Author : Harsh V. Pant

Originally Published 2023-08-02 20:27:13 Published on Aug 02, 2023
Pakistan Can No Longer Control Its Monster
Hours before Chinese Vice Premier He Lifeng landed in Islamabad for an event marking a decade of the China-Pakistan Economic Corridor (CPEC), another reminder came about the perpetual abyss that Pakistan has been staring at for the past several years. At least 45 people were killed and more than 200 injured in a suicide bombing at a political rally earlier this week. The rally was called by the Islamist Jamiat Ulema-e-Islam-Fazl (JUI-F) in the tribal district of Bajaur, Khyber Pakhtunkhwa province, near the border with Afghanistan. JUI-F is part of the governing coalition in Pakistan, the Pakistan Democratic Alliance, and Prime Minister Shehbaz Sharif underlined his government's commitment to eliminate terrorists "from the face of existence" as they have "targeted those who speak for Islam, the Quran and Pakistan". While the Pakistan Taliban, or TTP, have been carrying out a spate of attacks across the country after ending their cease-fire with the Pakistani government in November, they were quick to respond after the latest attack and said it was aimed at setting Islamists against each other. The Afghan Taliban also criticised the bombing. It is the Islamic State Khorasan in Pakistan (ISKP) that finally took the responsibility for the attack, which it said was part of an "ongoing war against democracy." The ISKP has been quite active in the region and has targeted JUI-F's officials in the past.
Pakistan's state institutions, be it the military or the government, do not seem capable of managing internal security threats.
The challenges are mounting for Pakistan on multiple fronts and the latest attack, one of the worst in northwestern Pakistan since 2014, underscores that the country that was quite blasé about using terrorism as an instrument of state policy in the past is today struggling to confront a rising terrorism challenge. Pakistan's state institutions, be it the military or the government, do not seem capable of managing internal security threats. At a time when the economic situation in Pakistan remains precarious, this state weakness can be particularly damaging. While China has helped Pakistan in avoiding its debt default, a Pakistan perpetually on the brink is not a healthy sign for the China-Pakistan partnership. In his message to celebrate a decade of CPEC, Chinese President Xi Jinping said, "No matter how the international landscape may change, China will always stand firmly with Pakistan." While he suggested that the project is a "vivid testament to the all-weather friendship between China and Pakistan", and provides "an important underpinning for building an even closer China-Pakistan community with a shared future in the new era," it has been clear for quite some time that the internal security challenge facing Pakistan is also impacting the pace of CPEC. In fact, there has been hardly any movement on various projects over the last few years. The northwestern region of Pakistan has been opposing CPEC, with Chinese nationals also targeted in recent years. In an attempt to deflect responsibility, Pakistani authorities have been blaming Afghanistan and its Taliban regime for providing safe havens to insurgents targeting their country. This is a remarkable turnaround for a nation that has been at the forefront of exporting terrorism to its neighbouring states. Pakistan's ties with the P regime in Afghanistan have also suffered because of this challenge.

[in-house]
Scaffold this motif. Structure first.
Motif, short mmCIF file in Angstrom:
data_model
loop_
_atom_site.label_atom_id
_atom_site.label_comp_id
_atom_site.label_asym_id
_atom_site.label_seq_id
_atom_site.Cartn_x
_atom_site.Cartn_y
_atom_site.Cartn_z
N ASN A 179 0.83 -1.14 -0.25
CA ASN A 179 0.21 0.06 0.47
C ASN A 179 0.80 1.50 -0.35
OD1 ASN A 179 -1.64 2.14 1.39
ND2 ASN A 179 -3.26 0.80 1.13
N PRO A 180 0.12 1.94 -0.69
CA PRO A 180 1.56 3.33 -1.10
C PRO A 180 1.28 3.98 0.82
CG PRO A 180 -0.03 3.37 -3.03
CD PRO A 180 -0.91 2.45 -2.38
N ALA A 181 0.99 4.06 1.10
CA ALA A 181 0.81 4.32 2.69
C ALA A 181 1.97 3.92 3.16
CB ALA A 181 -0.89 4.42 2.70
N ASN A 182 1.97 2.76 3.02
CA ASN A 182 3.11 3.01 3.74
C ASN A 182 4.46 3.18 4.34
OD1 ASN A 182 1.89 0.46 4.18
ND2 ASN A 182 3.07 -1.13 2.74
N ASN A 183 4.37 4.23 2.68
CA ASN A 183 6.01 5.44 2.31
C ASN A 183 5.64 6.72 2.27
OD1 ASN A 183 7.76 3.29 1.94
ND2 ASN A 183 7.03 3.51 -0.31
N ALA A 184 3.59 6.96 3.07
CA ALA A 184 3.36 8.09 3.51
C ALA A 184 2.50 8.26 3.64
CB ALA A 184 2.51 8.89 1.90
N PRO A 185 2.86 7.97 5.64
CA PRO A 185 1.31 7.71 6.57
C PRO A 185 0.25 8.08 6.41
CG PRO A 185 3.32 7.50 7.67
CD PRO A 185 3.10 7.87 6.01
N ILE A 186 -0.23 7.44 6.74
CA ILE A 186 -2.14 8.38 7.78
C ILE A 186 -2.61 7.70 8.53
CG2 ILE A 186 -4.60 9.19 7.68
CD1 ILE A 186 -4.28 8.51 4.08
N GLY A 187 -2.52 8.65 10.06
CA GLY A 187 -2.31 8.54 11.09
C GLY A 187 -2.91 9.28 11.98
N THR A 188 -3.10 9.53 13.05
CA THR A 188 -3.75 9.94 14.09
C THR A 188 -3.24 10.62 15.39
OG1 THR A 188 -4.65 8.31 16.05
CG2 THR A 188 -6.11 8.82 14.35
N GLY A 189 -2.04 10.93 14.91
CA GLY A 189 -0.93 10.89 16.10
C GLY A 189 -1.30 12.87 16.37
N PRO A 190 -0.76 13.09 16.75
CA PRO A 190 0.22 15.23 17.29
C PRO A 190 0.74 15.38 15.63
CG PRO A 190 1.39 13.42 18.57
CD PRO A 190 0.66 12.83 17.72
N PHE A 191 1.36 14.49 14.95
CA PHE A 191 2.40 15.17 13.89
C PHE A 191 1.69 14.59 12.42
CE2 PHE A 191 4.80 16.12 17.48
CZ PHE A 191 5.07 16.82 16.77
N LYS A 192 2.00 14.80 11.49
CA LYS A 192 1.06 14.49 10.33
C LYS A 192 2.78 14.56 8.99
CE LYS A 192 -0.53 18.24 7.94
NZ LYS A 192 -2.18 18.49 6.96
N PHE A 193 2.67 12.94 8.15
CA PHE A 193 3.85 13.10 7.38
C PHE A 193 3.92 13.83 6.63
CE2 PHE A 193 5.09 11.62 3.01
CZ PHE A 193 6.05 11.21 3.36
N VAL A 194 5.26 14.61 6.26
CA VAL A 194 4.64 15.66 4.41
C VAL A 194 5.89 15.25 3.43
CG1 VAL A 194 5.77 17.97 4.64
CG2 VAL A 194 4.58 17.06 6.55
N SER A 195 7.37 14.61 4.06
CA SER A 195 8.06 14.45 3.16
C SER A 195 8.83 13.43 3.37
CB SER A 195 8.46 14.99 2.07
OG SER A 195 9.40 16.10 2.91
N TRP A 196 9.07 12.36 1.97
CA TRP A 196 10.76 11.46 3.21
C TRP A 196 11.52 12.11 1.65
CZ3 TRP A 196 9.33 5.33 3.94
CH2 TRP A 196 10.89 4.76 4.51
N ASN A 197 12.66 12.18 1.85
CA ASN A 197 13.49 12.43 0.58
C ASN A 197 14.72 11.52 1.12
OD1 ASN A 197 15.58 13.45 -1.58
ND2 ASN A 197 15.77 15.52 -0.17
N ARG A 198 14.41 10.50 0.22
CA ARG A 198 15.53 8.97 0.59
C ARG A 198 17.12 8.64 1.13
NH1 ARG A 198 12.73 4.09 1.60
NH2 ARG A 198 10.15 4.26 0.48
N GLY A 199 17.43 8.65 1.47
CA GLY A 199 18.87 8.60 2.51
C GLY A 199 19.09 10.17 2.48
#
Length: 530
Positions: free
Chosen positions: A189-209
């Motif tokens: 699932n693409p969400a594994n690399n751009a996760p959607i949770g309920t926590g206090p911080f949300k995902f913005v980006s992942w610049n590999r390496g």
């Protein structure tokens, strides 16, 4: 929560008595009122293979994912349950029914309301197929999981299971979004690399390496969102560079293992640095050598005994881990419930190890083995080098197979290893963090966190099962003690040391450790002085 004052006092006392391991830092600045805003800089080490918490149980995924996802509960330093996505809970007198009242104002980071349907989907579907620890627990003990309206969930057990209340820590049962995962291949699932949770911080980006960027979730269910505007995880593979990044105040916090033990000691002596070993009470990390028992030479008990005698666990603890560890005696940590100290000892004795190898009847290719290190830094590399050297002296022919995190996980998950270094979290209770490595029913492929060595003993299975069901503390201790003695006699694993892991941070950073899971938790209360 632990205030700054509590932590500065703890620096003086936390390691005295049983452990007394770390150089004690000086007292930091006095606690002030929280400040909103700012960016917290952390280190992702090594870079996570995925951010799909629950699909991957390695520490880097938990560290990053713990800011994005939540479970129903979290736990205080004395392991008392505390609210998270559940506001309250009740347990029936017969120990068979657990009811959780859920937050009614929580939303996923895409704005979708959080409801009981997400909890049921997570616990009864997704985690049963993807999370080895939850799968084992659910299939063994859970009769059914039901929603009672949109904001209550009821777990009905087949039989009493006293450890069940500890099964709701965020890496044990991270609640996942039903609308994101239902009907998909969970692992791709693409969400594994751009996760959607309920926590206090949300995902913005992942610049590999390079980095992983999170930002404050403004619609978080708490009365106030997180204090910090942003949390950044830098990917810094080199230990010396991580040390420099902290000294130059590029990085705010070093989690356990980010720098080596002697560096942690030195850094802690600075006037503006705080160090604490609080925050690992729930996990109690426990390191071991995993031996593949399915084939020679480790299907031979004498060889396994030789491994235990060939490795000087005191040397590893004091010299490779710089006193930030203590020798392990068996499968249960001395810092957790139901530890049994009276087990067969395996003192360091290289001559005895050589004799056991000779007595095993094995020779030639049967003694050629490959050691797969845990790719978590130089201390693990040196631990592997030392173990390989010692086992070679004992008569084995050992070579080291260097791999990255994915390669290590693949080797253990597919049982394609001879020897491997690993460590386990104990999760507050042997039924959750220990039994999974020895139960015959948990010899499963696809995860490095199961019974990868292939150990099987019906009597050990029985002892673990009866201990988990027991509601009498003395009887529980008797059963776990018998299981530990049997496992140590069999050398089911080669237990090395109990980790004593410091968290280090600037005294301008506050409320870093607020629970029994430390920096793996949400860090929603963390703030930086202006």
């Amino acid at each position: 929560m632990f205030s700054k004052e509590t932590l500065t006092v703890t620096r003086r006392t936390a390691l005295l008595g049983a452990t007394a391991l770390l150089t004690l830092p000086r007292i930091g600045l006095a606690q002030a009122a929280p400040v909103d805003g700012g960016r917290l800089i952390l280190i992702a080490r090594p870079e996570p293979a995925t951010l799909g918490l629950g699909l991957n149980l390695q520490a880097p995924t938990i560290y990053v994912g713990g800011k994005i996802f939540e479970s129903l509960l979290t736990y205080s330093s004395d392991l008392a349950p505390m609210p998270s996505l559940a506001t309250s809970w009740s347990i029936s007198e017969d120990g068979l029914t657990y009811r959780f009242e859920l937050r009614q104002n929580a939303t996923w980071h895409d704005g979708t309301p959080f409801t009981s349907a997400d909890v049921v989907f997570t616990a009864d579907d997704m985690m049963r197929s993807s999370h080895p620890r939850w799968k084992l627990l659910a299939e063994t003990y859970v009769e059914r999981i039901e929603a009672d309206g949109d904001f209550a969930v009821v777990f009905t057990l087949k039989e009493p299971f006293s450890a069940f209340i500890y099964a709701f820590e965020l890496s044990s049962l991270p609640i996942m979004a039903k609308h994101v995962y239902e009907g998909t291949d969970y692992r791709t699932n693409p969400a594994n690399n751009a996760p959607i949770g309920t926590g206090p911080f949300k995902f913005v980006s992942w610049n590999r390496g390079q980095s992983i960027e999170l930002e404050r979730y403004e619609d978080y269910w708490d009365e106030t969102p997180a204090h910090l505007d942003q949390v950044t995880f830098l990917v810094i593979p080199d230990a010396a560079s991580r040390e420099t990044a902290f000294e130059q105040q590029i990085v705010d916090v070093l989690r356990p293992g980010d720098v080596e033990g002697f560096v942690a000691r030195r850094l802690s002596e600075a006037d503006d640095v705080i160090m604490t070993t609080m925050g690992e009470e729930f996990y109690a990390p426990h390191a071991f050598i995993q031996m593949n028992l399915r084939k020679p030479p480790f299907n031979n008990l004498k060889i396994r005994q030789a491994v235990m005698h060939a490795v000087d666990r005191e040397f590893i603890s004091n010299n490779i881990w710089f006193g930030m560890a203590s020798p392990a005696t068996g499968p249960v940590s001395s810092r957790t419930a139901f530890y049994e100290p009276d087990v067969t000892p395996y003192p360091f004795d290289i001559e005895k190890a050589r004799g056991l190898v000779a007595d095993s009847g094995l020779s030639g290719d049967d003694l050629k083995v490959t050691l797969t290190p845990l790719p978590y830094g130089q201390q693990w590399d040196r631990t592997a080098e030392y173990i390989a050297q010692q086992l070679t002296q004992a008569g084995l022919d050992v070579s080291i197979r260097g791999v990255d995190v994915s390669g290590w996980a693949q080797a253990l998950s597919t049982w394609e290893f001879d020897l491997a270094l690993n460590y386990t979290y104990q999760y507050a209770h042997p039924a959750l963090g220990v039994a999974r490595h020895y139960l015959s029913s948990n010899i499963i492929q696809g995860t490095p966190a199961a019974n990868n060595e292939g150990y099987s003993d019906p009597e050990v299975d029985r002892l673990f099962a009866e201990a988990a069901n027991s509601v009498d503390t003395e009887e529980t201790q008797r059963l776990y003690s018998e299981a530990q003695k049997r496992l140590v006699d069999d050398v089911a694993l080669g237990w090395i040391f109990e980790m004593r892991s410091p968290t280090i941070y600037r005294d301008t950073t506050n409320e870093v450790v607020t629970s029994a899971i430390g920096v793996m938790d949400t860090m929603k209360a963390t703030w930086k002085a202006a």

While China has helped Pakistan in avoiding its debt default, a Pakistan perpetually on the brink is not a healthy sign for the China-Pakistan partnership.
The visit by Chinese Vice Premier He Lifeng saw Pakistan and China sign six more pacts to enhance cooperation and to give a new momentum to CPEC projects. In the absence of state capacity in Pakistan to tackle internal security challenges more effectively, how the signing of new pacts helps the CPEC is anybody's guess. However, Beijing has also been asking Islamabad directly to protect its nationals and assets, which have been repeatedly targeted by the insurgents. The absence of political consensus in the country at a critical moment remains Pakistan's biggest vulnerability. Political polarisation has made it almost impossible for Pakistan's security establishment to forge a national approach on countering terrorism. The lack of effective domestic governance by the ruling coalition has engendered widespread disenchantment, especially among the youth, making them gravitate towards extremist ideologies and tactics. For the Pakistani military intelligence complex, the assets that they thought could be used effectively against external actors are now effectively targeting their own. The Frankenstein's monster can no longer be managed, let alone controlled. Pakistan is lurching from one crisis to another with no sense of direction and the political elite seems clueless about getting the nation back on track. If during the Cold War, it was the US that was viewed by Islamabad as the last report option, it is China that has taken on the mantle today. A nation that at one time dreamt of challenging India for regional leadership today finds itself at the margins of regional development discourse. Globally, the interest in Pakistan is at its minimum, further aggravating the challenge for the crisis-infected nation to get its act together. With the impending general elections in Pakistan, the security situation is only likely to deteriorate. India and the world should be prepared for the worst.
This commentary originally appeared in NDTV.
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Harsh V. Pant

Harsh V. Pant

Professor Harsh V. Pant is Vice President – Studies and Foreign Policy at Observer Research Foundation, New Delhi. He is a Professor of International Relations ...

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